State obligations regarding social, economic and cultural rights are subject to “progressive realization” (progressive in terms of resources) which means that States should use the maximum of available resources to realize these rights, and they should have a plan and a budget, and actions cannot be endlessly delayed , (also see the comments of ICESCR Committee, and the OPERA framework, which is a tool to monitor progressive realization). There should be no retrogression in social protection or standard of living, yet, the recent economic crisis has caused major budget cuts throughout all services, and this disproportionally affects persons with disabilities.
States have the duty to respect, protect and fulfil, which also includes that States should take effective measures in case of violations by non-state actors, such as private actors.
The jurisprudence of ICESCR shows that there is a certain minimum level for acceptable living standards and social protection, “no person will have to live an inhuman life”. This ‘social protection floor’ contains some core elements for a minimum standard of living, such as social benefits. Yet, while non-disabled people can use their benefits for participation and social inclusion, persons with disabilities have additional disability-related expenses, which puts them in a disadvantaged position when it comes to participation and inclusion. Therefore there is now a lot of discussion about a ‘social participation floor’ instead of a social protection floor.
Karina de Beule of the Vlaams Agentschap voor Personen met een Handicap (VAPH) spoke about the shift towards a personal financing system for support for persons with disabilities in Flanders. And to identify the amount of the personal assistance budget, the barriers for participation are identified, as well as the circles of care, which are ranked as follows: 1. Self-care, 2. Family support, 3. Friends providing care, 4. Regular services (e.g. hiring a regular cleaning service) and 5. Specialized services, which are often more expensive. For the levels 1 to 4 there is a basic support budget, which enables access to care at low cost (between 0 and 25 euro). For specialized support, there are personal assistance budgets available. This is a big transition. Instead of funding a few big organizations, the government now finances many people.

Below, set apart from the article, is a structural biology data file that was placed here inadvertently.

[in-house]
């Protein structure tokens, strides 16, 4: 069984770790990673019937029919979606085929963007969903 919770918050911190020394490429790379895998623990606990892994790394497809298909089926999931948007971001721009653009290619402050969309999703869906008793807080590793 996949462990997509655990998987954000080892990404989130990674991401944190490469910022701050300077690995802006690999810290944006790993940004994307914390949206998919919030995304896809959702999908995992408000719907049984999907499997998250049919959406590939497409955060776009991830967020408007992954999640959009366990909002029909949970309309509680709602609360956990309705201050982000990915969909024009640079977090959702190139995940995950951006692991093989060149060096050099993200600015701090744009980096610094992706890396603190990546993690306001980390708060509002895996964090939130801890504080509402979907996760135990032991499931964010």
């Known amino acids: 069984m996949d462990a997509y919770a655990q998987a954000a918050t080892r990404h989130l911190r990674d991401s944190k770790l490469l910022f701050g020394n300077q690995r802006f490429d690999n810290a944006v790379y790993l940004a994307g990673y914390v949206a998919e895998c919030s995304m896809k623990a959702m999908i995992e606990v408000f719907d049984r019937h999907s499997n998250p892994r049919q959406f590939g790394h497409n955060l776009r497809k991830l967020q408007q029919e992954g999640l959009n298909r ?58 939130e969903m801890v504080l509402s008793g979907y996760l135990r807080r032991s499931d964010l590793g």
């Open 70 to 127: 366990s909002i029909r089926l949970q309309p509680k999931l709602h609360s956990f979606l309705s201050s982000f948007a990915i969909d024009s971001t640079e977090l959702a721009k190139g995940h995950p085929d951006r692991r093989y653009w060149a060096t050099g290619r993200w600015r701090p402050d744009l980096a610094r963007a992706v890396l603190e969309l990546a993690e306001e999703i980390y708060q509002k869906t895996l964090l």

Roy Sainsbury, Academic Network of European Disability Experts (ANED) then shared some statistics, about poverty-risks in various EU countries, about the level of benefits and the level of “generosity” versus “effectiveness in poverty reduction”.
Then Rodolfo Cattani, President of the European Disability Forum (EDF) also shared some statistics, which showed that persons with disabilities are generally 1,5 times more disadvantaged (poverty, discrimination, unemployment) than their nondisabled peers. What is needed is a structured dialogue with DPOs. The term disability “benefits” is not based in the human rights based approach, and neither is the reference to “generosity” by the previous speaker.
Radek Maly, Head of Unit Modernisation of social protection systems, European Commission, DG Employment, Social Affairs and Inclusion, spoke about the EU Pillar of Social Rights, which is mainly focussed on employment and the labour market, with the aim to “change the social reality for persons with disabilities”.
But I wasn’t happy with the fact that the social rights were narrowed down to employment, - and in my opinion, the title of the tool is wrong (it is more like a EU pillar on work and income).
After a little bit of time for questions and answers, the work forum reached its final session, the closing remarks, and then around 17.00 the meeting ended.
It had been quite an interesting day, although there was very little attention for the rights of persons with psychosocial disabilities.
I was happy to hear about the upcoming Dutch CRPD ratification, and also with the invitation for email-communication with Helga Stevens.